When it comes to landscape edging, concrete and brick pavers are two standards for creating polished edges. But, there's no need to break the bank to complete such a task. With a bit of resourcefulness, homeowners can create a pleasing edging effect with less traditional products at a significantly lower price. Once gathered, the installation for most of these materials is minimal as well.
Materials intended for one purpose, or leftover from a home improvement project, can double as edging material. Cedar roof shingles are one possibility. Railroad crossties, although heavy, are another economical option. Railroad offices often will give old ones away as new ones are placed on the railroad.
Look no further than your own backyard, or maybe take a ride in your community, to collect rocks of assorted sizes. The variations in texture and color will complement a flowerbed and will rarely need to be replaced. Enlist the help of family, friends and perhaps co-workers to help in the search. A second no-to-low-cost option for stones is a local quarry. Assorted size scraps may supply all the pieces needed for an edging project.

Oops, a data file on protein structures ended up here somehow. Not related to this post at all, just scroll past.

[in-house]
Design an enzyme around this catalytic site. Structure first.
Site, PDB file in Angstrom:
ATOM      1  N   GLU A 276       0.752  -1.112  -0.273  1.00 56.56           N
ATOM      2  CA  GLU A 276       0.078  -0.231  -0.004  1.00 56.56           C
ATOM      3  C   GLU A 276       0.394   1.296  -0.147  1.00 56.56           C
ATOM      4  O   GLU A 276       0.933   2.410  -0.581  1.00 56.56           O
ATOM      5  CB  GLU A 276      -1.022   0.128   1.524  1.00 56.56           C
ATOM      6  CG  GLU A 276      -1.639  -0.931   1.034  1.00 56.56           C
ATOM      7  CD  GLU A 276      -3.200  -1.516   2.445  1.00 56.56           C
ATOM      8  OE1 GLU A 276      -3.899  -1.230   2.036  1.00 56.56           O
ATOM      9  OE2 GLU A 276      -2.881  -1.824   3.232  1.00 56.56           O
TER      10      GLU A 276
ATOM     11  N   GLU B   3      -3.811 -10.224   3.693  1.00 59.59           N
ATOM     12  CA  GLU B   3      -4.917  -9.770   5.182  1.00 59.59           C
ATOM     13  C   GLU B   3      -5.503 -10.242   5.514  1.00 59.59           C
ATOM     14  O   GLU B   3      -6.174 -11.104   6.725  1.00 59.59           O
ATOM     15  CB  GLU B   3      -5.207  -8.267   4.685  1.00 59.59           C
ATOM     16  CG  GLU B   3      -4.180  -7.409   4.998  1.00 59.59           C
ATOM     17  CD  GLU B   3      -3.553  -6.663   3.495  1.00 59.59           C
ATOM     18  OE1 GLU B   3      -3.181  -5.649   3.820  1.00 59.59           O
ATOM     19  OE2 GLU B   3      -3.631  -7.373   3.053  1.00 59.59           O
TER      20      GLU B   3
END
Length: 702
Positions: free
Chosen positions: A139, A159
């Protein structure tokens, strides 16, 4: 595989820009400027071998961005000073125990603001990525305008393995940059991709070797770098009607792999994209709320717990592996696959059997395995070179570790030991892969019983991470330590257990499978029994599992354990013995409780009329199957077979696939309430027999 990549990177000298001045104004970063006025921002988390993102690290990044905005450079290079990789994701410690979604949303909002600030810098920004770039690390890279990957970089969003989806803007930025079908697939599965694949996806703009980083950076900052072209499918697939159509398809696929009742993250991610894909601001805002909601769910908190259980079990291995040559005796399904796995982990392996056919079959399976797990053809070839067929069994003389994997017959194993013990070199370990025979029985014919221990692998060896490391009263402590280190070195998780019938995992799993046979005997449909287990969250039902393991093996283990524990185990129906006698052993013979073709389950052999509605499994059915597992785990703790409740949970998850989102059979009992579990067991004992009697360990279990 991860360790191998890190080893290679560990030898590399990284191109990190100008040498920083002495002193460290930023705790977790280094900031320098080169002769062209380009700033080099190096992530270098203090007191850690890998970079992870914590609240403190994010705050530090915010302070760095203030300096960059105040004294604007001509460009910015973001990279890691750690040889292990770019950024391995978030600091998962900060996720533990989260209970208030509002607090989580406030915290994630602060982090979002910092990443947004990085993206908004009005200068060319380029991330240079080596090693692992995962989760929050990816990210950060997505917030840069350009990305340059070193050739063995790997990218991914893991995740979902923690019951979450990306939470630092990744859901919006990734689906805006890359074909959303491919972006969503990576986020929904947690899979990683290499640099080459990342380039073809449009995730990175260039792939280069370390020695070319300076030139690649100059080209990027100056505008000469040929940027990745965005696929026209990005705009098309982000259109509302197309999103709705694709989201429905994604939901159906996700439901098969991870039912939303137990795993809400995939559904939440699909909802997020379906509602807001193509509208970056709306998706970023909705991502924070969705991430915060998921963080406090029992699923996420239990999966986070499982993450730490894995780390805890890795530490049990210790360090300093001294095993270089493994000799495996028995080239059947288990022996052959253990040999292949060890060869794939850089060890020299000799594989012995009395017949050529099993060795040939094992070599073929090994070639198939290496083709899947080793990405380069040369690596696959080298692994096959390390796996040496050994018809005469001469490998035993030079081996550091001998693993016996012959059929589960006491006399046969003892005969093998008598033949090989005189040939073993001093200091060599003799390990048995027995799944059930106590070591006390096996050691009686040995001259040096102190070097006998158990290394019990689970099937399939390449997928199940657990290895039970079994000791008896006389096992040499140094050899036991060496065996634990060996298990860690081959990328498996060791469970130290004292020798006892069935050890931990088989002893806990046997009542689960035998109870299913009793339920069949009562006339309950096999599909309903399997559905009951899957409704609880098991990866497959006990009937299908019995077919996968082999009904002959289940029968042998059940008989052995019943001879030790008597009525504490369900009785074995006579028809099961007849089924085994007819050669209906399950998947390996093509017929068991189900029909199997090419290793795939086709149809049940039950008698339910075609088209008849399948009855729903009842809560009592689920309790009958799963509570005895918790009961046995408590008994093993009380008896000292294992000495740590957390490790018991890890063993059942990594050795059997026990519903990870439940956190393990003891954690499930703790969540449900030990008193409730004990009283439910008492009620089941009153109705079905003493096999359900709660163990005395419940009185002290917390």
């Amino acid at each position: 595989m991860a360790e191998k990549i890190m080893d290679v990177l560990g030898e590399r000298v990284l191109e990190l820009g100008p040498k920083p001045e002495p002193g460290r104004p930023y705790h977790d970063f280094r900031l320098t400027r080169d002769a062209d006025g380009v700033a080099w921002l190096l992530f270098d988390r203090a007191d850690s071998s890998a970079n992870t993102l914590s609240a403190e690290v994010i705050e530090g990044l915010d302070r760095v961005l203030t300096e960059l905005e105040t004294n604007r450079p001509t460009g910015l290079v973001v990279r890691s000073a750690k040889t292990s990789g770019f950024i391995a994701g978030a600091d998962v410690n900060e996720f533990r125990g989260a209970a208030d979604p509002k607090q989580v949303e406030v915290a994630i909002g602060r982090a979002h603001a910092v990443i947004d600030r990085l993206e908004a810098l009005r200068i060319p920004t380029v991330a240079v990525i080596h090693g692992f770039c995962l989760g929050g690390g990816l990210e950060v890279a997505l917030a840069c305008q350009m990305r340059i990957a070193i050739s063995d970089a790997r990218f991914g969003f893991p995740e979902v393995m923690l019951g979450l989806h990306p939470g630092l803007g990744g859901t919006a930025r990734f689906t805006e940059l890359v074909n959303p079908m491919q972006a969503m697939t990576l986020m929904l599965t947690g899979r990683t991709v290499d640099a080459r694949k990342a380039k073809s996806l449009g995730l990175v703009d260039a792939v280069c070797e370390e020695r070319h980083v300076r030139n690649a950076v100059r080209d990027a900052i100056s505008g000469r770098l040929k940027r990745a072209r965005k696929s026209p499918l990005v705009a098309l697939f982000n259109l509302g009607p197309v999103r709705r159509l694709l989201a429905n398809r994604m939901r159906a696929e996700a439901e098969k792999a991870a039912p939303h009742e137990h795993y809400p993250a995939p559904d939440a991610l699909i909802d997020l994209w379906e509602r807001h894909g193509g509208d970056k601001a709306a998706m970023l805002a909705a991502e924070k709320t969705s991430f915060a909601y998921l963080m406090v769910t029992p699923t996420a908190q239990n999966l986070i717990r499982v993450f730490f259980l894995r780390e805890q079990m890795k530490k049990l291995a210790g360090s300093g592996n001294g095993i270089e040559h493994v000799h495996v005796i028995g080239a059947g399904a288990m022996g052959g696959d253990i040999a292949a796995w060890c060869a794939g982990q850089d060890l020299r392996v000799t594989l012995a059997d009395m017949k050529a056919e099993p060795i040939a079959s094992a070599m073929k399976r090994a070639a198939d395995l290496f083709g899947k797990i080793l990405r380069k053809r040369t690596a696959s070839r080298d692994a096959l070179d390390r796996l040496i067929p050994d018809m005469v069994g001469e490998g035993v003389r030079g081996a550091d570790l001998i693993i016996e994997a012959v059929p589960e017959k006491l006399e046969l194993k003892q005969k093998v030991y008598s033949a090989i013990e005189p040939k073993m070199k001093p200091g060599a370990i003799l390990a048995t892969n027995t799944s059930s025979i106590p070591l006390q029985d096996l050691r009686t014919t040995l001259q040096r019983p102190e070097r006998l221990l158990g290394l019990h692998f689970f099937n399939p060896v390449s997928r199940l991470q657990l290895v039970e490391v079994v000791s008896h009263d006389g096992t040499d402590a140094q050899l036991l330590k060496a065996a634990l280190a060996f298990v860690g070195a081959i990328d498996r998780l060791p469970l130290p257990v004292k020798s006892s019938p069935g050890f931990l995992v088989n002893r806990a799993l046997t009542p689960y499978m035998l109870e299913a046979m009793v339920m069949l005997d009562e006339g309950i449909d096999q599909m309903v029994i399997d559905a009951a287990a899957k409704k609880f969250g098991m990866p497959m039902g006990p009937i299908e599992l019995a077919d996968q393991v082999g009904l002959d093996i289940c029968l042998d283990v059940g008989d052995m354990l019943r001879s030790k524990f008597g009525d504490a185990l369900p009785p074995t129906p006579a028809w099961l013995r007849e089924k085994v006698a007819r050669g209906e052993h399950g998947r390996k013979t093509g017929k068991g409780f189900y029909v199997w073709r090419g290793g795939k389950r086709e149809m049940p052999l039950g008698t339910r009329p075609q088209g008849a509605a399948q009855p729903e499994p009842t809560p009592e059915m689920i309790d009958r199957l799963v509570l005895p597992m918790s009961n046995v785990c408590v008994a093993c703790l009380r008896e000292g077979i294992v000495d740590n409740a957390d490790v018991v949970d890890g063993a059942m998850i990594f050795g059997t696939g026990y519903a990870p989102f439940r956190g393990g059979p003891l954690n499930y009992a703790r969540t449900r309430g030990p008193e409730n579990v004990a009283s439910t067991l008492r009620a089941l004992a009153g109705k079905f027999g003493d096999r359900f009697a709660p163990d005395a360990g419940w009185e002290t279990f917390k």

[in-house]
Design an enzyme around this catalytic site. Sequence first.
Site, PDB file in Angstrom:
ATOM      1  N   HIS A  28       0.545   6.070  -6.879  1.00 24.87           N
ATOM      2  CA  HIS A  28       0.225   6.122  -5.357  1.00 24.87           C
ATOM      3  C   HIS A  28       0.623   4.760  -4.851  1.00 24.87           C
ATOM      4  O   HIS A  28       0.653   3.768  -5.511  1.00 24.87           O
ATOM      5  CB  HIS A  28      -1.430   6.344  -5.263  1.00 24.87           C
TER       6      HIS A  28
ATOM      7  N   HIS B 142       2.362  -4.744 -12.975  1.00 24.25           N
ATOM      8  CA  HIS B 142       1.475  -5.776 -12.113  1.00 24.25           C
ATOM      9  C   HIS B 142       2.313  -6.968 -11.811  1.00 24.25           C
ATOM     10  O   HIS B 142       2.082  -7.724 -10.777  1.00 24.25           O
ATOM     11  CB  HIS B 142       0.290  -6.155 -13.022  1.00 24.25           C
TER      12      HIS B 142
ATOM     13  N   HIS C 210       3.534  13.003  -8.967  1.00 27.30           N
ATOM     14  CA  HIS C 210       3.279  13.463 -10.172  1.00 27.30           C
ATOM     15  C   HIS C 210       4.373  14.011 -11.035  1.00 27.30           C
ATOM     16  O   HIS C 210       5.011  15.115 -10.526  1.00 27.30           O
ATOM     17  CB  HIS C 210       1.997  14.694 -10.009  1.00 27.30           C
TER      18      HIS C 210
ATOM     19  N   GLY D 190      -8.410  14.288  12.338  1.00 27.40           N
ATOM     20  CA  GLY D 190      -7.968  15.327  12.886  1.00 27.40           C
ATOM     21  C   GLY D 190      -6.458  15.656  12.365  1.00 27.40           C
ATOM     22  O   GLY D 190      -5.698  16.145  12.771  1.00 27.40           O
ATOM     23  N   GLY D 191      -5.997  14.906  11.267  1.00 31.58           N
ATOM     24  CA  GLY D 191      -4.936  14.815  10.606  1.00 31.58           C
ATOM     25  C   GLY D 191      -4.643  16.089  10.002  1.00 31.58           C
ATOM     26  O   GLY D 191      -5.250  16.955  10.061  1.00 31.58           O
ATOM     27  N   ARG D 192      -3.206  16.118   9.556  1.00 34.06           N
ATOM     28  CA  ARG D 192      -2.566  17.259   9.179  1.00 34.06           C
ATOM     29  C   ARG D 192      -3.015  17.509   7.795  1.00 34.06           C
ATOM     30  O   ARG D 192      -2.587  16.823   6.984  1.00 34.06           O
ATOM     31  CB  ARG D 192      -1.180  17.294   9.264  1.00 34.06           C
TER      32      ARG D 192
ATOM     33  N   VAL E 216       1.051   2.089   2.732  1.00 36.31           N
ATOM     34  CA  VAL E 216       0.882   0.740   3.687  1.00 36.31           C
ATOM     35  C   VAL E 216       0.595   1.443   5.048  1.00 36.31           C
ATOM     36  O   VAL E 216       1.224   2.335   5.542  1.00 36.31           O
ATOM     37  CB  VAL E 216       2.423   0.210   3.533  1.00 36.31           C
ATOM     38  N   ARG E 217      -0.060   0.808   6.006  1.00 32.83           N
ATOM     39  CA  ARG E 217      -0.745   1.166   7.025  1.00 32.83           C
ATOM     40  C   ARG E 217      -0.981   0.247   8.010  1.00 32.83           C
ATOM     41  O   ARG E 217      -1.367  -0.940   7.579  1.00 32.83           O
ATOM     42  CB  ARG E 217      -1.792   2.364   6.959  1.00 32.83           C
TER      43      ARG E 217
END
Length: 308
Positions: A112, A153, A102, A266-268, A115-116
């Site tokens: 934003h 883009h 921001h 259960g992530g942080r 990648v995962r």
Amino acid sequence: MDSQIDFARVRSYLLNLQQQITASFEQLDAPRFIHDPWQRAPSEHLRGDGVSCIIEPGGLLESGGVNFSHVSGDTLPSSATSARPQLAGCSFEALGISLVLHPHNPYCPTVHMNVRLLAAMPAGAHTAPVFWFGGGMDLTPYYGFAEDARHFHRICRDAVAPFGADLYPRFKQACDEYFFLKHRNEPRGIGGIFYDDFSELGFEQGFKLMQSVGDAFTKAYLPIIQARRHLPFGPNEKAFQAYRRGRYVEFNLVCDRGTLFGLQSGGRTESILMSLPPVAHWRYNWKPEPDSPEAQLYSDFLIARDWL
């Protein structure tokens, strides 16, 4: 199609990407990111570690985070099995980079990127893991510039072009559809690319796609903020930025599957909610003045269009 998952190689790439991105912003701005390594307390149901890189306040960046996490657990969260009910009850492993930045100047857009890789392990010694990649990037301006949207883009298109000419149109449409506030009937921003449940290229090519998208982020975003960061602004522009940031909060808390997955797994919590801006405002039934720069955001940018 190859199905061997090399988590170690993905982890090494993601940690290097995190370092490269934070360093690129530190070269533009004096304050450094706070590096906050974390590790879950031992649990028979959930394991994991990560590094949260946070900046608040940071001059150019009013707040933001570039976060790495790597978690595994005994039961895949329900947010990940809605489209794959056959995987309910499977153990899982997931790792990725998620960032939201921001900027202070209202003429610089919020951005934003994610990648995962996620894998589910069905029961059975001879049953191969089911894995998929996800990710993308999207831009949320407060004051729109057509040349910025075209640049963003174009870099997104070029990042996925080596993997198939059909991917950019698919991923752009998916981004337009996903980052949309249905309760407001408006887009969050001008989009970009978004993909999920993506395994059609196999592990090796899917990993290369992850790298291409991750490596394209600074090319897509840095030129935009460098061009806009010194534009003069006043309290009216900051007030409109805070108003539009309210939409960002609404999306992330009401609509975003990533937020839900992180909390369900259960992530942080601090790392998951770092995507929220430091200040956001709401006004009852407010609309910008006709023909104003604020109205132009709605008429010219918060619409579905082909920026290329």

This landscape edging requires only a tool and some time. To make this edge, use a spade to make a vertical cut in the turf. Lift about 3 to 4 inches of the soil at a 45-degree angle. Create a beveled cut by using a rake to smooth the soil to slope toward border plants. Use the spade to smooth out any remaining soil.
If you've recently had a tree taken down from your yard, or maybe your neighbor, have the trunk cut down into appropriately-sized pieces for the area to be edged. Arborists and landscape companies are good resources for free logs to use in such a project.
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